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What You Must Know About Your 401(k) Going Into 2020

Updated: Nov 21, 2019

This week the IRS has announced the 2020 changes to pension and retirement plans

Retirement Plans in 2020

By now, we should all know that I am a fan of the tax advantaged 401(k) plans and I'm sure you are too! Therefore it's exciting to read that in 2020 our contribution limits are going up! In short, we will be able to contribute $19,500 next year, an increase of $500 from the year prior. There are many other changes like catch up contributions and highly compensated employee thresholds that also changed and can be found with Notice-2019-59 here.

Your 2020 Action Plan

You should always check with your 401(k) plan first, because each one is different, but for the majority 401(k) plans benefit the most when the $19,500 limit is spread among each paycheck to maximize the employer match (this may not be true if you are in the upper echelons of earners or if your plan allows front-loading). The table below is how much a weekly, bi-weekly, or monthly paid employee can contribute to maximize 401(k) potential.

401(k) Match Max Contribution per Check

  • Weekly (52 Pay Periods): $375.00

  • Bi-Weekly (26 Pay Periods): $750.00

  • Monthly (12 Pay Periods): $1625.00


The Decision Making Process

Annually, the Secretary of Treasury decides a cost-of-living adjustment (COLA) based on the Consumer Price Index. If a notable increase is determined it effects a wide variety of retirement plans and options. For example, a modest increase in COLA places an increment, in multiples of $500, on 401(k) contribution limits (where $500 has been used since the late 1990's to adjust for inflation, or in this case COLA).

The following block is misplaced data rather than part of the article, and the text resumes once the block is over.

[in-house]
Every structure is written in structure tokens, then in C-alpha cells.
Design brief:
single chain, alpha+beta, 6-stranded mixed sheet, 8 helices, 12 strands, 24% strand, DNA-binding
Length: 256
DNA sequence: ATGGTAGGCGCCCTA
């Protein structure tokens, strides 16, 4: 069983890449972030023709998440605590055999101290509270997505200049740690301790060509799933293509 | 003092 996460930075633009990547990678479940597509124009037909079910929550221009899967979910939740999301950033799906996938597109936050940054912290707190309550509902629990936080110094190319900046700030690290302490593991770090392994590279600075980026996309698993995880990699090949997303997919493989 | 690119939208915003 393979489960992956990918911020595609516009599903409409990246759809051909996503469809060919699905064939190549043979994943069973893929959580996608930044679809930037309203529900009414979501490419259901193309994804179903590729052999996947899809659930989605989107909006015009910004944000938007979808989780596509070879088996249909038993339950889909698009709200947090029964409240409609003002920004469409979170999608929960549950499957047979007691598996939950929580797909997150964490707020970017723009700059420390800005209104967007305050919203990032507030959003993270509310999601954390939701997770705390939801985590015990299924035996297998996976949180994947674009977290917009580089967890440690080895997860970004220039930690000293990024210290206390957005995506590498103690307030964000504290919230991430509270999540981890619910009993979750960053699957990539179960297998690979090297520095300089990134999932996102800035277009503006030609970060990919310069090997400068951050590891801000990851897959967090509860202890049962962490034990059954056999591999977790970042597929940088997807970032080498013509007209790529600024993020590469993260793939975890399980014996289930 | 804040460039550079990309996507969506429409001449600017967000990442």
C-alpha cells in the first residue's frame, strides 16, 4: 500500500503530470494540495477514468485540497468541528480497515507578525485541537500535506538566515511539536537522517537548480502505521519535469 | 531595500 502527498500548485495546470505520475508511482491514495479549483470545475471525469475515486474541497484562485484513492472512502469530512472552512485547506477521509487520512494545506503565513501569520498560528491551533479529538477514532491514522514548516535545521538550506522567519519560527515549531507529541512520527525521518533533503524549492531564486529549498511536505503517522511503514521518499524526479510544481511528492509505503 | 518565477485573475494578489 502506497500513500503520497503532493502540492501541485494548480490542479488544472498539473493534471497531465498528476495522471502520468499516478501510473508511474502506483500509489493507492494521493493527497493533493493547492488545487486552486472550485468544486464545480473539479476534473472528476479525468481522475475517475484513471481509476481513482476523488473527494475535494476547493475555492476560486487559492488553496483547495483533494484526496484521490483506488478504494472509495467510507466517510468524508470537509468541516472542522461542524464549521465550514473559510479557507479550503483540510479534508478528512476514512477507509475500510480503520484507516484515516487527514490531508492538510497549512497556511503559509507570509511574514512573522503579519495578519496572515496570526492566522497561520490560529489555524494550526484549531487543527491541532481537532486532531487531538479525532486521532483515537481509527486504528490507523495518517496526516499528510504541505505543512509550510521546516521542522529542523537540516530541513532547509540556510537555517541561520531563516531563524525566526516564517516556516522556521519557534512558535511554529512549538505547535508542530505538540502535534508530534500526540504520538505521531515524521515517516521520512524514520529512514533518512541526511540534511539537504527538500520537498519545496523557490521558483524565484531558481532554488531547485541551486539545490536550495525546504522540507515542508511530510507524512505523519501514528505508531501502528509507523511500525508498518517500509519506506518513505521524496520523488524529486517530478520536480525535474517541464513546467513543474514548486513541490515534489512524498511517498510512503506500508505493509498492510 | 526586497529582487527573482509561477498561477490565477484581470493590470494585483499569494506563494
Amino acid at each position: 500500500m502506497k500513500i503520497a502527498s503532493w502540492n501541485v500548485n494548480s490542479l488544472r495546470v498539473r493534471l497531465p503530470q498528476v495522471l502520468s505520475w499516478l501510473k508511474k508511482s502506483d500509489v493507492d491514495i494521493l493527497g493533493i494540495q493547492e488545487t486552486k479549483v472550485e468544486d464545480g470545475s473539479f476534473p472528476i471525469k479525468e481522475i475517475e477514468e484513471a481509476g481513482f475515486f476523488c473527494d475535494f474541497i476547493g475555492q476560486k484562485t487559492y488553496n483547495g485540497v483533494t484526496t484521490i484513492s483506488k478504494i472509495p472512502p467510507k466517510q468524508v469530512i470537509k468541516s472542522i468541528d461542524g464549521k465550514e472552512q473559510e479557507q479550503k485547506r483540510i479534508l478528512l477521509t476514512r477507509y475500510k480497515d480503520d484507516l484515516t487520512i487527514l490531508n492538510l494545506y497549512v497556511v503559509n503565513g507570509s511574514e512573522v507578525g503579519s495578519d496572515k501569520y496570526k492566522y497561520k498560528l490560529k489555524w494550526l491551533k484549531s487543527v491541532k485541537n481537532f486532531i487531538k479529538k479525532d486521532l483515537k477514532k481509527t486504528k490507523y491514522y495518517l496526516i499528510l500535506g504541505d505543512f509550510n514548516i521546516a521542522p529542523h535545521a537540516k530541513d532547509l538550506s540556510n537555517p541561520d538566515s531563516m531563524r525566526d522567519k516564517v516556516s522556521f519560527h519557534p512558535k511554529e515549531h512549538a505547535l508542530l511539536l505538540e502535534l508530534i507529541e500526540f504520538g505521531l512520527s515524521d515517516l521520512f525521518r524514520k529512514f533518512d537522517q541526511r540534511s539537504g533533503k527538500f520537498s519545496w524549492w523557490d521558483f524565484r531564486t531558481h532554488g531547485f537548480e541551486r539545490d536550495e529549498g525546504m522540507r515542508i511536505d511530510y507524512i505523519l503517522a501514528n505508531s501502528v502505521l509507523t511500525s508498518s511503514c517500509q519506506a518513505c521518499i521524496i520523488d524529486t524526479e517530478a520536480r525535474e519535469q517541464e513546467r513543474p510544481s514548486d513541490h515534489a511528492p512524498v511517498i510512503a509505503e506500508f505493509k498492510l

The Catch!!!

Isn't it funny how we use an increment of $500 multiples? Why wouldn't we want a value the more accurately corresponds to the adjusted cost of living? For instance, if 1997 had a 1.6% COLA we would have increased the contribution by $500, same as today. With inflation, $500 in 1997 dollars has the same buying power as $796.40 in 2019 dollars (as depicted in the graphic below from the BLS).

What Would Increases Look Like Adjusting

To increment the 401(k) limits more appropriately to the cost-of-living projections a solution could be to multiply the previous year increase by the COLA multiple. For example if we expected a 1.6% COLA we could: Increment from last year * (1 + COLA) = Increment for next year

This method would result in an increment of $792.85 (most likely due to rounding differences) for this year which is much closer to the inflation adjusted number. Not only is this in line with the cost-of-living but it gives employees a higher return by the end of their career. We want to emphasize that this is how mathematically we lessen the standard deviation and grow the increments with COLA and not whether we should or not. There may be economic forces that would alter the effectiveness of doing so.

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